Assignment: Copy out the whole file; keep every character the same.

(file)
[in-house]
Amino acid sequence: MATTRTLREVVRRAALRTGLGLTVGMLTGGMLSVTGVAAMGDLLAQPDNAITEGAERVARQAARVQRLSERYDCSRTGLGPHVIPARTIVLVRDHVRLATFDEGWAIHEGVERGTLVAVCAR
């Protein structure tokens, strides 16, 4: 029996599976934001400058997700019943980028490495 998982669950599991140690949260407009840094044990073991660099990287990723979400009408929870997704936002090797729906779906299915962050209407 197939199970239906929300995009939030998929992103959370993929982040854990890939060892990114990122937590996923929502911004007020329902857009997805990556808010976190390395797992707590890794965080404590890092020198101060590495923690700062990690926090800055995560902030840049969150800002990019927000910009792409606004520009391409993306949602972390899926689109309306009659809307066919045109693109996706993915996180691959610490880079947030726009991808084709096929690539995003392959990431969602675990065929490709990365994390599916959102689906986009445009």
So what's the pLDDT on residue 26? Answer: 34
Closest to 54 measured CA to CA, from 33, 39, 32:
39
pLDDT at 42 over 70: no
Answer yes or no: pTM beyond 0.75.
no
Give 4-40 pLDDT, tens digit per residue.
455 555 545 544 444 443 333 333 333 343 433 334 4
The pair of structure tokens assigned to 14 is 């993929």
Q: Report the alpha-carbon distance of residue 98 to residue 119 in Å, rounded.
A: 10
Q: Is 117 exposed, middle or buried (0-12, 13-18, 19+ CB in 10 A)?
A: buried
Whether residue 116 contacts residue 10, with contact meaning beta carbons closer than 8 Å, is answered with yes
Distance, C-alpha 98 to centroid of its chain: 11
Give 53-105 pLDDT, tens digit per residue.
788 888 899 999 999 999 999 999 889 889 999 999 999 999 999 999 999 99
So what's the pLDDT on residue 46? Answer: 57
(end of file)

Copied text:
[in-house]
Amino acid sequence: MATTRTLREVVRRAALRTGLGLTVGMLTGGMLSVTGVAAMGDLLAQPDNAITEGAERVARQAARVQRLSERYDCSRTGLGPHVIPARTIVLVRDHVRLATFDEGWAIHEGVERGTLVAVCAR
């Protein structure tokens, strides 16, 4: 029996599976934001400058997700019943980028490495 998982669950599991140690949260407009840094044990073991660099990287990723979400009408929870997704936002090797729906779906299915962050209407 197939199970239906929300995009939030998929992103959370993929982040854990890939060892990114990122937590996923929502911004007020329902857009997805990556808010976190390395797992707590890794965080404590890092020198101060590495923690700062990690926090800055995560902030840049969150800002990019927000910009792409606004520009391409993306949602972390899926689109309306009659809307066919045109693109996706993915996180691959610490880079947030726009991808084709096929690539995003392959990431969602675990065929490709990365994390599916959102689906986009445009």
So what's the pLDDT on residue 26? Answer: 34
Closest to 54 measured CA to CA, from 33, 39, 32:
39
pLDDT at 42 over 70: no
Answer yes or no: pTM beyond 0.75.
no
Give 4-40 pLDDT, tens digit per residue.
455 555 545 544 444 443 333 333 333 343 433 334 4
The pair of structure tokens assigned to 14 is 């993929």
Q: Report the alpha-carbon distance of residue 98 to residue 119 in Å, rounded.
A: 10
Q: Is 117 exposed, middle or buried (0-12, 13-18, 19+ CB in 10 A)?
A: buried
Whether residue 116 contacts residue 10, with contact meaning beta carbons closer than 8 Å, is answered with yes
Distance, C-alpha 98 to centroid of its chain: 11
Give 53-105 pLDDT, tens digit per residue.
788 888 899 999 999 999 999 999 889 889 999 999 999 999 999 999 999 99
So what's the pLDDT on residue 46? Answer: 57